ATLANTA — Alternative therapies, including yoga, meditation, herbs and Atkins-style diets, appeared to be growing in popularity in the United States, perhaps because of dissatisfaction with conventional care, the government said Thursday.
More than a third of American adults followed such practices in 2002, according to the government survey of 31,000 people, the largest study of nonconventional approaches in the United States.
If prayer is included, about 62% of U.S. adults used some form of alternative practice.
The results seemed to indicate more people were turning to alternative therapies, though the 2002 survey could not be directly compared to previous studies because of differences in size and survey methods, health officials said.
The top alternative therapies included prayer (43% of adults), natural products (19%), meditation (8%) and diets such as Atkins, Ornish or the Zone (4%).
More people also were using natural products such as herbs or enzymes to treat chronic or recurring pain, said Richard Nahin of the National Center for Complementary and Alternative Medicine, part of the National Institutes of Health.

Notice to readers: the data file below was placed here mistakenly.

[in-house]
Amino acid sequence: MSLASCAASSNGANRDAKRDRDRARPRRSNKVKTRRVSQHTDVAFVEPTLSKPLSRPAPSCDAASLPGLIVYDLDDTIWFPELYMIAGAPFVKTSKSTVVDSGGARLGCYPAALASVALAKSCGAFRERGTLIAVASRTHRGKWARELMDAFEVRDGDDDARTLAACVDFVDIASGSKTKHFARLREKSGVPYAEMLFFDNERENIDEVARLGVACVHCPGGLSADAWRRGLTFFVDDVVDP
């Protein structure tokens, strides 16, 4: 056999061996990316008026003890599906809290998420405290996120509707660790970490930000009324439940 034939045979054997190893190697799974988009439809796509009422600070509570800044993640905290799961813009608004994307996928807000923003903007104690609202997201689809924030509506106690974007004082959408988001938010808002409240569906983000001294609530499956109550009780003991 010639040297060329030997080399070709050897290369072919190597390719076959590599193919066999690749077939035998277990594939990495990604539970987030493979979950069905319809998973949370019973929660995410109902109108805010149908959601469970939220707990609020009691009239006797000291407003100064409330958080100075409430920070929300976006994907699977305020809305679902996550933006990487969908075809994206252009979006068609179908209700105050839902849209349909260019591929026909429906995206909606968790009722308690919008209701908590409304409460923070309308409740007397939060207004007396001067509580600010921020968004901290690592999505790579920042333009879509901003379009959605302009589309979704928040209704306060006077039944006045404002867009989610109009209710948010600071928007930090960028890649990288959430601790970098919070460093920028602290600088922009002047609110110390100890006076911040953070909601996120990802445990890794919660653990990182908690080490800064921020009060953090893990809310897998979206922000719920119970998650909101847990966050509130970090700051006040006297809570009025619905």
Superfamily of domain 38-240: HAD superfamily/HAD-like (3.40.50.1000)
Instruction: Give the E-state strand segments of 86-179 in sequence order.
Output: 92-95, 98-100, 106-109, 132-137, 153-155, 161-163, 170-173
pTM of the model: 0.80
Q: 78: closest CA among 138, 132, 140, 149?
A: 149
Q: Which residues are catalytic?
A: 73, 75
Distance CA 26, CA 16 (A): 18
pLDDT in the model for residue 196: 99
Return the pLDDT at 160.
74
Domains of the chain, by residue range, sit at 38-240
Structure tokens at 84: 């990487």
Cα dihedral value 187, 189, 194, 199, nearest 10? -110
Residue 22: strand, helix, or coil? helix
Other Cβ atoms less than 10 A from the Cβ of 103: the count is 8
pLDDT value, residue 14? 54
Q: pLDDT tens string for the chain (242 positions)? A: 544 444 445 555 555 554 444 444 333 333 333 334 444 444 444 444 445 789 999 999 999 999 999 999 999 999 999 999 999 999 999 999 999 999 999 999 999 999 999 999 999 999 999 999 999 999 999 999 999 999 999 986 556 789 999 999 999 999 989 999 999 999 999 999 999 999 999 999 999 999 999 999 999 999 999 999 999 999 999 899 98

"Many conditions are not easily treated with conventional medicine," Nahin said. "It may be the public is turning to complementary and alternative medicine because it's not getting relief from conventional medicine."
But people should not be turning away from conventional treatments that are proven safe, said Dr. Stephen Straus, director of the alternative medicine center. "People are making individual decisions to neglect those therapies and we have concerns about those choices," he said.
Health officials said they were concerned that 13% of those surveyed said they turned to alternative therapies because regular medicine was too expensive.